The Meatless Farm Co. CMO Talks Plant-Based Diets and Restaurant Partnerships

After launching in 450 US Whole Foods locations, plant-based meat company The Meatless Farm Co. is eyeing the restaurant scene. Earlier this week, it announced a partnership with New York City-based Italian restaurant Pomodoro Rosso.

We spoke with Lone Thomsen, who was recently appointed global CMO of The Meatless Farm Co. The former head of media and communications at The Coca-Cola Co. discusses the brand's new partnership, its US market expansion and why plant-based diets are becoming so trendy.

Tell me a bit about The Meatless Farm Co.

The Meatless Farm Co. was launched in 2016, and it was born out of a sustainable mission. Founder Morten [Toft Bech], his wife and three kids were struggling to find the right meals and diet for the whole family. He started looking into whether he could start doing something within the plant-based area—something that was healthy and sustainable.

When we started, we worked with a researcher from Oxford University on this project called The Meatless Consumption Target. We wanted to see what it would mean if every UK household swapped red meat for plant-based foods—and if that would decrease CO2 emissions. We found that it decreased the CO2 emissions in the UK by 8.4%, which is equal to taking 16 million cars off the road.

We then took this to the US and Canada. We're waiting for the last results from the US, but basically it shows how every single person can make a difference by changing their dietary behavior.

There are many companies doing the same thing. Beyond Burger has teamed up with fast-food places like Burger King, Impossible Foods has an exclusive partnership with The Cheesecake Factory, and Nestlé is coming out with its own plant-based products. What’s your competitive advantage?

We are working with customers in retail as well as customers in food service and restaurants. So, at the moment, we're building some of those partnerships. We're also working on strategic partnerships, not just with food service and quick-service restaurants [QSRs] and retailers, but also other brands.

How did you end up partnering with Pomodoro Rosso?

We identified the restaurant to be a great partner to reimagine Italian signature dishes with our plant-based meat alternative for weekly Meatless Mondays. We kicked off the partnership with an influencer event in the restaurant last month, where we invited a mix of influential NYC vegans, vegetarians and flexitarians [those who reduce their meat consumption without completely giving up meat-based products]. Pomodoro Rosso is just the beginning of driving a new way of thinking within a traditional cuisine, such as Italian food.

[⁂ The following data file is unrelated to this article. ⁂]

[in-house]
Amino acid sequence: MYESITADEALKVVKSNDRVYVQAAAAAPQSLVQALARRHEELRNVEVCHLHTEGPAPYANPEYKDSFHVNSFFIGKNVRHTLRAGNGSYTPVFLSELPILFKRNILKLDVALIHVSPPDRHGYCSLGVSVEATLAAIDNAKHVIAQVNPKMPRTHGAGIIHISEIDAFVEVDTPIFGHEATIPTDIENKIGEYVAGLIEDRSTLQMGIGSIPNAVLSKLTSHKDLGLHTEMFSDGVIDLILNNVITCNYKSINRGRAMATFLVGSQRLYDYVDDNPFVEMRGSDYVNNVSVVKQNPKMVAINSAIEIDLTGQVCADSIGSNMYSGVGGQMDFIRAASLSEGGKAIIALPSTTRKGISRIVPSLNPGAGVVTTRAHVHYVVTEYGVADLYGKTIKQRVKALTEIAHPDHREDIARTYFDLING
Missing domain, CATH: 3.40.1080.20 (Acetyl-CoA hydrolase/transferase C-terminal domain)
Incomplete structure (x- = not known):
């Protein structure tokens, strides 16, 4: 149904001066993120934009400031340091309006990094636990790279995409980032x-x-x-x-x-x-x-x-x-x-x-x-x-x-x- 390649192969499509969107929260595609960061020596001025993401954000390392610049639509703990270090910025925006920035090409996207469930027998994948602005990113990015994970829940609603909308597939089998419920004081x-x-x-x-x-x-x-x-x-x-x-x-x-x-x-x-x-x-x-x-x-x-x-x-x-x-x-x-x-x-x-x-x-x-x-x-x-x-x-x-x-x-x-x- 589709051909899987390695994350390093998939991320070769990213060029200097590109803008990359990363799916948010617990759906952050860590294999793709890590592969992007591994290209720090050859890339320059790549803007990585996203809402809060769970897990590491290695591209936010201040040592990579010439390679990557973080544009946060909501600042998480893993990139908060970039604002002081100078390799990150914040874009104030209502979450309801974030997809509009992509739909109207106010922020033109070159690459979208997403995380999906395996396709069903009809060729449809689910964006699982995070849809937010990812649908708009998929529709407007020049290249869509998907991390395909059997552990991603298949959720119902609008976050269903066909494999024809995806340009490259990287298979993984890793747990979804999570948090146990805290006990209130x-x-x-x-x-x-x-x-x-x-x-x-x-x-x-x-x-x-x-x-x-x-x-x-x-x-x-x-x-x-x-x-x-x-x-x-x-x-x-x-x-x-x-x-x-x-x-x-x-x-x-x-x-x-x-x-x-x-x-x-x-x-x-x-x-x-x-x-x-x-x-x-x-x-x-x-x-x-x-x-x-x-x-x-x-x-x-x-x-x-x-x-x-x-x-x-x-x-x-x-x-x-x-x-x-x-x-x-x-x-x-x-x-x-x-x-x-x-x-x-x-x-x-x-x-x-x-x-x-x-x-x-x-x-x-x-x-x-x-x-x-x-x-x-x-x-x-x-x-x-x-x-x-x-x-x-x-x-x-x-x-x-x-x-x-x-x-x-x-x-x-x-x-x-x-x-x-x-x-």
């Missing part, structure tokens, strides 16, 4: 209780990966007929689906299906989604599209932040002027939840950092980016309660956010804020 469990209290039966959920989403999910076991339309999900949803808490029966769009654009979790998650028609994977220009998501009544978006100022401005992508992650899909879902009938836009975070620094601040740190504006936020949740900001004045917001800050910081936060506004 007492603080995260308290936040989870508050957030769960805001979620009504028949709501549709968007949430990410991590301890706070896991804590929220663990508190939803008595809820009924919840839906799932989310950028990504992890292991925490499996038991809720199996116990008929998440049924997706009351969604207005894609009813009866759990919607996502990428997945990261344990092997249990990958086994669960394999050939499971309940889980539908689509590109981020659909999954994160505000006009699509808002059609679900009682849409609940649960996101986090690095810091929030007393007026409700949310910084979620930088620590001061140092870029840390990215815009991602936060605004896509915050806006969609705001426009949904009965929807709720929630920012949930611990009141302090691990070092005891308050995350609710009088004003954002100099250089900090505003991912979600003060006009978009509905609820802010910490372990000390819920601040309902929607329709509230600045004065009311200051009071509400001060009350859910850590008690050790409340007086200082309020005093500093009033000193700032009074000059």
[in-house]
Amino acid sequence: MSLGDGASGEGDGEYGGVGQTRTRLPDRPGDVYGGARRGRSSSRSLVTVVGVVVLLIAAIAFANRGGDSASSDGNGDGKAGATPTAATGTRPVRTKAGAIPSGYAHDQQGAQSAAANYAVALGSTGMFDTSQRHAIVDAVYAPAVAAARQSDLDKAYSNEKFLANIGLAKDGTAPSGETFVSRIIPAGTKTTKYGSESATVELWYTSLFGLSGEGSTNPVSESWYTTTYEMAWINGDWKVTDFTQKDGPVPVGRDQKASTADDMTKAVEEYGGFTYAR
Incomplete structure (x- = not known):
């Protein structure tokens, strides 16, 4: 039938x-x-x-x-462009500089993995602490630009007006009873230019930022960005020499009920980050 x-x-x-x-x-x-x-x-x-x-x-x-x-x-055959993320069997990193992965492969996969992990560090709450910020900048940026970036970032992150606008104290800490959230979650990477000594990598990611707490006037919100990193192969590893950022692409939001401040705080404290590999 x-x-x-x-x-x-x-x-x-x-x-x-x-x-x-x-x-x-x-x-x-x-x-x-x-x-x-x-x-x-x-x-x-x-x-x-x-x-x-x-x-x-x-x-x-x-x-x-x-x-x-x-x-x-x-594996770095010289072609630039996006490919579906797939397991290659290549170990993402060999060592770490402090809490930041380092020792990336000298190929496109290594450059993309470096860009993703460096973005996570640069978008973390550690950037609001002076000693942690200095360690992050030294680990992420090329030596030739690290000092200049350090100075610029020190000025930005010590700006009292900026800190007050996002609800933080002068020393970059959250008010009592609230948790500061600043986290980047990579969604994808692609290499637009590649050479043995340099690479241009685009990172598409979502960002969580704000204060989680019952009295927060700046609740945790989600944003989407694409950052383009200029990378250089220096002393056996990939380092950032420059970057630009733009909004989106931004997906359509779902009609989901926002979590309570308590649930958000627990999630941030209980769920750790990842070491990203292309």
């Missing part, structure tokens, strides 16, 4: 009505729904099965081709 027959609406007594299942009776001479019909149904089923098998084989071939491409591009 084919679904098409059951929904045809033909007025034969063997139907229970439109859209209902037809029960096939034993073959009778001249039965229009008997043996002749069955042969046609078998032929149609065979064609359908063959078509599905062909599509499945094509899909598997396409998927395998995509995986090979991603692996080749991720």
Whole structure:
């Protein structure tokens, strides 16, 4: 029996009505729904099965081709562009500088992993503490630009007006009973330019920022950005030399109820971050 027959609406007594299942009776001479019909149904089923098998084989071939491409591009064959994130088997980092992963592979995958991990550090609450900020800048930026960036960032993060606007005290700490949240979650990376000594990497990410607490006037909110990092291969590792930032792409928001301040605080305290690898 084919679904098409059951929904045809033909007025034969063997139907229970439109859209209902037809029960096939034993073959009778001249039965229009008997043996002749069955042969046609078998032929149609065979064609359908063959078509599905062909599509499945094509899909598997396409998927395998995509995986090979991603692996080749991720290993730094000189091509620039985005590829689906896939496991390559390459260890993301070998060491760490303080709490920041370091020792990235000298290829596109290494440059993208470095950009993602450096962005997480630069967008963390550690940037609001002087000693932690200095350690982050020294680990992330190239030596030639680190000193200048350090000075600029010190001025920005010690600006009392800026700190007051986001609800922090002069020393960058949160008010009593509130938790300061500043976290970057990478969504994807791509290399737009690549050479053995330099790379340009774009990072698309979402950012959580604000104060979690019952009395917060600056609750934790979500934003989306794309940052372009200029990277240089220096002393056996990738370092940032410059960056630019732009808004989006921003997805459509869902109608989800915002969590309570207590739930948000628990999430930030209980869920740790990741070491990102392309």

There’s so many food trends out there. Why this sudden emergence for plant-based products? What's driving the growth?

A couple of things are driving growth, one of which is the environment. When the UN climate report came out, there was a lot of focus on how bad it is. When we see that the Amazon rainforest is on fire, the glaciers are melting and temperatures are increasing, that gets on people’s minds in terms of how bad it really is and what they can do by changing their own diet.

Another primary driver and trigger for people to make that swap to plant-based is health. There's a lot of research around health and how plant-based diets can help from a physical and mental health perspective.

What obstacles will there be in terms of getting people to try out these products?

Clearly, behaviors are not changing overnight. It's really difficult to change a behavior, and that requires education. It requires people to try it.

A behavioral change needs to happen. When you look at Barclay's projections, [the plant-based industry] will grow to $140 billion in the next decade. There's a super fast growth in this area, but there's still work to be done. For shoppers navigating in-store and [trying to find] the product on shelves, there's a lot of ... challenges to make this growth really happen.

You mentioned educating people. How are you doing that?

We are using a lot of PR, and it’s one of our primary drivers. We are also using influencers—digital and social—and our own media. Our packaging will be a primary source of education for consumers, and that will be the one thing they see on shelf.

Are you primarily working with influencers on Instagram?

We are using influencers on Instagram, but we’re also working with influencers for events and experientials. We've had a couple of events where we've worked with one of our influencers inviting other influencers to cook [some of our products]. We do a lot of experiential as well, so we've been part of festivals, food shows and trade shows. We focus on driving that trial of the product because we know that people need to try it to adopt it into their diet.

What have you learned from these events? Are consumers connecting with you on different platforms or channels to continue that discussion?

In general, there's a lot of positivity around tasting our product and surprise about a plant-based meat alternative tasting exactly like meat. The events are a great way of creating that traction among our consumers. A lot of our influencers are even organic influencers who are tasting our products and posting it. So, it's not just paid influencers. It's actually genuine interest from our consumers, and that shows how this audience is really engaged in the plant-based movement.

Where do you see the plant-based market heading in 2020?

We see an exponential growth in flexitarianism as there’s an increased focus on living a healthier and more sustainable life. Approximately a third of the US population are flexitarians or meat reducers. That equates to roughly 100 million people, which is a significant figure. There’s still some education and inspiration to do, which is partly why we partnered with Pomodoro Rosso.